Our Executive Director was out of town for the last Chamber of Commerce meeting and asked me to preside over the monthly luncheon. No biggie, and I was a little more excited than most would be since I’m actively looking for speaking opportunities. Of course this is no inspirational tear-jerker, simply running a meeting. So I brushed it off… maybe a little too much.

All I did to prepare was copy/paste bios about the day’s guest speaker as well as a couple new member businesses, then check to see if there were any upcoming events (there weren’t). Being the “accomplished speaker” that I am, I dismissed reviewing the info or practicing. Mistake #1. And pretty much the only mistake that mattered.

I showed up without much time to spare, especially considering I was needed to help setup the A/V equipment. Left no time to meet the guests or gather my thoughts. I opened without any fanfare, without inspiration or even a catchy one-liner. I read the bios for each member, quickly realizing that I had not read through this…. at all! There were incomplete sentences that I stumbled over. Stuff they wrote that didn’t make any sense. But even the sentences I didn’t screw up I simply regurgitated without any flare. Realizing the sticky situation, I got more nervous and naturally tried to rush through the rest. It was straight and tedious and…

boring! It was boring. I bored myself. Honestly, ask anyone at that lunch to name one person I introduced or any fact about them. I bet they couldn’t. I COULDN’T. I literally couldn’t tell you what I, myself, just read.

On top of that, I neglected to get a volunteer for the pledge or invocation, so I did it myself. So now I’m boring and hogging the stage. Maybe this is overreacting. But I’m holding myself to this standard. I’m better than this. Anyone could be better than this. Grab a guy off the side of the road on the way, give him 30 minutes to prepare and it would’ve been better.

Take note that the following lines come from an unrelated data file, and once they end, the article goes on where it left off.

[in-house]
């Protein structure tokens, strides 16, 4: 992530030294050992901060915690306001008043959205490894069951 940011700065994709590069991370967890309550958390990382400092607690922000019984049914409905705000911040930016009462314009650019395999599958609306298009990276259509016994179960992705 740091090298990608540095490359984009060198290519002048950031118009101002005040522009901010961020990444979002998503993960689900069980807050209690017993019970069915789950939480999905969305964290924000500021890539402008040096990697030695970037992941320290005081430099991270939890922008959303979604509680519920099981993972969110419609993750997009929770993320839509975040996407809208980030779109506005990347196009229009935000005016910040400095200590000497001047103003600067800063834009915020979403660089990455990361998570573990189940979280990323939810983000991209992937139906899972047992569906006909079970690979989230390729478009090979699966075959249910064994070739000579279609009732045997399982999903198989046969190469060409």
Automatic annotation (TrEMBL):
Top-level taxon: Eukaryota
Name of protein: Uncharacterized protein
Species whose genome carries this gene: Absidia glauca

There is never an excuse for not preparing. (double negative?) You should always prepare no matter the situation. (better?) It encompasses so many other aspects of speaking. When you prepare, you unconsciously think about pace, posture, content, order, audience, reception, etc, etc. Just now I happened to click on a tweet about 10 Tips to Improve Your Public Speaking. There are thousands of these types of lists online, but as far as this one goes I’m not sure I did any of them. I may have smiled, #8. At least I think I did. Still, if this was a graded speech, then I got a 10%.

You can even prepare for impromptu situations. If you knew you would be called on at the next business meeting, you’d at least review the topic ahead of time. I’ve been through dozens of these luncheons before and could have easily given thought to how I would do it. Simply showing up early and being “on guard” is a step toward mentally preparing, whether or not you’re asked to utter a single word.

As for this time, I squandered a perfectly good opportunity to practice while simultaneously doing a disservice to the community. (Points for multitasking!) I’ll take the 10% grade for a lesson learned.

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